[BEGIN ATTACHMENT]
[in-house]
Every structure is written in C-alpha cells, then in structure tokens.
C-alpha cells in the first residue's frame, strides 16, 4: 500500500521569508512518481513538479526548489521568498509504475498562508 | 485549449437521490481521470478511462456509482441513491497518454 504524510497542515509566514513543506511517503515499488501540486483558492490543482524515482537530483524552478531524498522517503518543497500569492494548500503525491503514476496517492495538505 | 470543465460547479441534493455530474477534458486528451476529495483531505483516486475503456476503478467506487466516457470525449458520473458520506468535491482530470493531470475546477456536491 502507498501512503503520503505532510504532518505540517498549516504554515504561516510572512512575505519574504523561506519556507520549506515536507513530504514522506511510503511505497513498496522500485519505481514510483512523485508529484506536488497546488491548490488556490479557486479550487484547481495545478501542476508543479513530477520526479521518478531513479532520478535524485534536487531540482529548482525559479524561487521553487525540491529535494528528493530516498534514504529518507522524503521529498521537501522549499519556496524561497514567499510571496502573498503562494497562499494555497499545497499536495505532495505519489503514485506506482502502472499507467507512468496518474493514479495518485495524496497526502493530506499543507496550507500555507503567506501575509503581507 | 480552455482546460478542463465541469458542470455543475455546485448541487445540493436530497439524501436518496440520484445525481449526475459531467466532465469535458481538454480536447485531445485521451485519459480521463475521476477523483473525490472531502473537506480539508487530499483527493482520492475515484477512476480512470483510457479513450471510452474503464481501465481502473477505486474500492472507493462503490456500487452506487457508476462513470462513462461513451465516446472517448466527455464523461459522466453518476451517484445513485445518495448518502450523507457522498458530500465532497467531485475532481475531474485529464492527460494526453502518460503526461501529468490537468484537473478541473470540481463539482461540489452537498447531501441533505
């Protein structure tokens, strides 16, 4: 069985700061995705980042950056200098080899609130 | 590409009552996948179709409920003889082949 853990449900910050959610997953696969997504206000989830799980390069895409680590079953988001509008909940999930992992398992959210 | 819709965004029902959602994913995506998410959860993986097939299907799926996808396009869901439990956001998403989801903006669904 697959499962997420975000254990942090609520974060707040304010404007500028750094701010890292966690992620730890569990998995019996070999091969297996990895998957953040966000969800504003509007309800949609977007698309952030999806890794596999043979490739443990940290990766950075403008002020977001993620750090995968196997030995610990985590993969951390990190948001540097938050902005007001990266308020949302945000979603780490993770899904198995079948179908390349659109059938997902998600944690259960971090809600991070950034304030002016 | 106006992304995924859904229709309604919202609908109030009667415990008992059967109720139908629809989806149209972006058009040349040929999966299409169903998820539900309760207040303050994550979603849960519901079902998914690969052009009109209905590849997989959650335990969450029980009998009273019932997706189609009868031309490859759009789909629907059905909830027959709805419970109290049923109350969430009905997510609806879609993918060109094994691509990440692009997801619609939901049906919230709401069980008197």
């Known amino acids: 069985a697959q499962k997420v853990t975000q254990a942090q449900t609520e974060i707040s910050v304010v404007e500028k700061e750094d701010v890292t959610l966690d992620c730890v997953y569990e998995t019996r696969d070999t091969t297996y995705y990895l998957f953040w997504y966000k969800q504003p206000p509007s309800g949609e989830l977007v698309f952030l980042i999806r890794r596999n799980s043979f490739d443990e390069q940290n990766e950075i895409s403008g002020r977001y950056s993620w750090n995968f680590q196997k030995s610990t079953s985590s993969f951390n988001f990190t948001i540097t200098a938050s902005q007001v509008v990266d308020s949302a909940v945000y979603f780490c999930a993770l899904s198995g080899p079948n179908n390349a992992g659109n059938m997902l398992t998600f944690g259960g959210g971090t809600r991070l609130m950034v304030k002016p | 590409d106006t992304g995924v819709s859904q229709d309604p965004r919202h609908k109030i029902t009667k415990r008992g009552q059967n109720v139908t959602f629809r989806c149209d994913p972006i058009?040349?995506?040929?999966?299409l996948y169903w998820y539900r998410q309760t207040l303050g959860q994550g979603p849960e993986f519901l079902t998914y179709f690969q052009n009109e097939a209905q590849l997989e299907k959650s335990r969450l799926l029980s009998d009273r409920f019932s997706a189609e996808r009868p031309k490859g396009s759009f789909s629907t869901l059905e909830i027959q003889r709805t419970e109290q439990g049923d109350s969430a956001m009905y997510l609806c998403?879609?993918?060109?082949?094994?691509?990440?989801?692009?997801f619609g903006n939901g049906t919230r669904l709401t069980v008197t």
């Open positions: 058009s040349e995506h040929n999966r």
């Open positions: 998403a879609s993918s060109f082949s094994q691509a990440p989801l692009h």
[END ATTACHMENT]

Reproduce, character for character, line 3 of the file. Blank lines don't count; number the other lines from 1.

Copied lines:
C-alpha cells in the first residue's frame, strides 16, 4: 500500500521569508512518481513538479526548489521568498509504475498562508 | 485549449437521490481521470478511462456509482441513491497518454 504524510497542515509566514513543506511517503515499488501540486483558492490543482524515482537530483524552478531524498522517503518543497500569492494548500503525491503514476496517492495538505 | 470543465460547479441534493455530474477534458486528451476529495483531505483516486475503456476503478467506487466516457470525449458520473458520506468535491482530470493531470475546477456536491 502507498501512503503520503505532510504532518505540517498549516504554515504561516510572512512575505519574504523561506519556507520549506515536507513530504514522506511510503511505497513498496522500485519505481514510483512523485508529484506536488497546488491548490488556490479557486479550487484547481495545478501542476508543479513530477520526479521518478531513479532520478535524485534536487531540482529548482525559479524561487521553487525540491529535494528528493530516498534514504529518507522524503521529498521537501522549499519556496524561497514567499510571496502573498503562494497562499494555497499545497499536495505532495505519489503514485506506482502502472499507467507512468496518474493514479495518485495524496497526502493530506499543507496550507500555507503567506501575509503581507 | 480552455482546460478542463465541469458542470455543475455546485448541487445540493436530497439524501436518496440520484445525481449526475459531467466532465469535458481538454480536447485531445485521451485519459480521463475521476477523483473525490472531502473537506480539508487530499483527493482520492475515484477512476480512470483510457479513450471510452474503464481501465481502473477505486474500492472507493462503490456500487452506487457508476462513470462513462461513451465516446472517448466527455464523461459522466453518476451517484445513485445518495448518502450523507457522498458530500465532497467531485475532481475531474485529464492527460494526453502518460503526461501529468490537468484537473478541473470540481463539482461540489452537498447531501441533505